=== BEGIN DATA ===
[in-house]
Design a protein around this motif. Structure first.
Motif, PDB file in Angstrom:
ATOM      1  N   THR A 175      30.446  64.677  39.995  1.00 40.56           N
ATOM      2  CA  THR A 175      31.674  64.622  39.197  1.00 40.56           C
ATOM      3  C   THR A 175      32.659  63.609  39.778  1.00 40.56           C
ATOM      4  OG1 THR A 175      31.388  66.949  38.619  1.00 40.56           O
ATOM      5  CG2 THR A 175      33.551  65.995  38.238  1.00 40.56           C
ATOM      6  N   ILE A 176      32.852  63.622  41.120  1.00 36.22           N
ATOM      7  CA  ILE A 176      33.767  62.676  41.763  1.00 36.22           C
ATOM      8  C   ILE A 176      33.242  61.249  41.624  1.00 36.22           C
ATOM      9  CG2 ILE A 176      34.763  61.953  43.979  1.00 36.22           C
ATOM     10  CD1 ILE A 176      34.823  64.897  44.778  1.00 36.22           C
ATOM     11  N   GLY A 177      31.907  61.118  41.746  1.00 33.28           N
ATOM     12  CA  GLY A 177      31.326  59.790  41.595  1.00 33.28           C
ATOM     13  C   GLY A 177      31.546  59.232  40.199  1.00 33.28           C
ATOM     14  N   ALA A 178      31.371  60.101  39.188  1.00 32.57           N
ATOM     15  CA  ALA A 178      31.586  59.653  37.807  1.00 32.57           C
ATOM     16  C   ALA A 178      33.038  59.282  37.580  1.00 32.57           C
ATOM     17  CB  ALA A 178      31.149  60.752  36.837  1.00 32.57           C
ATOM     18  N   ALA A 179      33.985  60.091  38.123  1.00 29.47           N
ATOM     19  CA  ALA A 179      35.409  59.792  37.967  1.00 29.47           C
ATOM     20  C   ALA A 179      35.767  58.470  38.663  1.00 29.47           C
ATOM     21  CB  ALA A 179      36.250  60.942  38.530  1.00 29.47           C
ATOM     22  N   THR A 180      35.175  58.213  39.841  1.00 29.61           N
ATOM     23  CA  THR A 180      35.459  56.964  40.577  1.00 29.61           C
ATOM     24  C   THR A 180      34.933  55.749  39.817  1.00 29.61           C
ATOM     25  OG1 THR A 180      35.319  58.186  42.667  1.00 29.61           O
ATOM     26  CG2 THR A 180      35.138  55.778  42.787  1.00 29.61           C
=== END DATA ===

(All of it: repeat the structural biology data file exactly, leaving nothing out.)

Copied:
[in-house]
Design a protein around this motif. Structure first.
Motif, PDB file in Angstrom:
ATOM      1  N   THR A 175      30.446  64.677  39.995  1.00 40.56           N
ATOM      2  CA  THR A 175      31.674  64.622  39.197  1.00 40.56           C
ATOM      3  C   THR A 175      32.659  63.609  39.778  1.00 40.56           C
ATOM      4  OG1 THR A 175      31.388  66.949  38.619  1.00 40.56           O
ATOM      5  CG2 THR A 175      33.551  65.995  38.238  1.00 40.56           C
ATOM      6  N   ILE A 176      32.852  63.622  41.120  1.00 36.22           N
ATOM      7  CA  ILE A 176      33.767  62.676  41.763  1.00 36.22           C
ATOM      8  C   ILE A 176      33.242  61.249  41.624  1.00 36.22           C
ATOM      9  CG2 ILE A 176      34.763  61.953  43.979  1.00 36.22           C
ATOM     10  CD1 ILE A 176      34.823  64.897  44.778  1.00 36.22           C
ATOM     11  N   GLY A 177      31.907  61.118  41.746  1.00 33.28           N
ATOM     12  CA  GLY A 177      31.326  59.790  41.595  1.00 33.28           C
ATOM     13  C   GLY A 177      31.546  59.232  40.199  1.00 33.28           C
ATOM     14  N   ALA A 178      31.371  60.101  39.188  1.00 32.57           N
ATOM     15  CA  ALA A 178      31.586  59.653  37.807  1.00 32.57           C
ATOM     16  C   ALA A 178      33.038  59.282  37.580  1.00 32.57           C
ATOM     17  CB  ALA A 178      31.149  60.752  36.837  1.00 32.57           C
ATOM     18  N   ALA A 179      33.985  60.091  38.123  1.00 29.47           N
ATOM     19  CA  ALA A 179      35.409  59.792  37.967  1.00 29.47           C
ATOM     20  C   ALA A 179      35.767  58.470  38.663  1.00 29.47           C
ATOM     21  CB  ALA A 179      36.250  60.942  38.530  1.00 29.47           C
ATOM     22  N   THR A 180      35.175  58.213  39.841  1.00 29.61           N
ATOM     23  CA  THR A 180      35.459  56.964  40.577  1.00 29.61           C
ATOM     24  C   THR A 180      34.933  55.749  39.817  1.00 29.61           C
ATOM     25  OG1 THR A 180      35.319  58.186  42.667  1.00 29.61           O
ATOM     26  CG2 THR A 180      35.138  55.778  42.787  1.00 29.61           C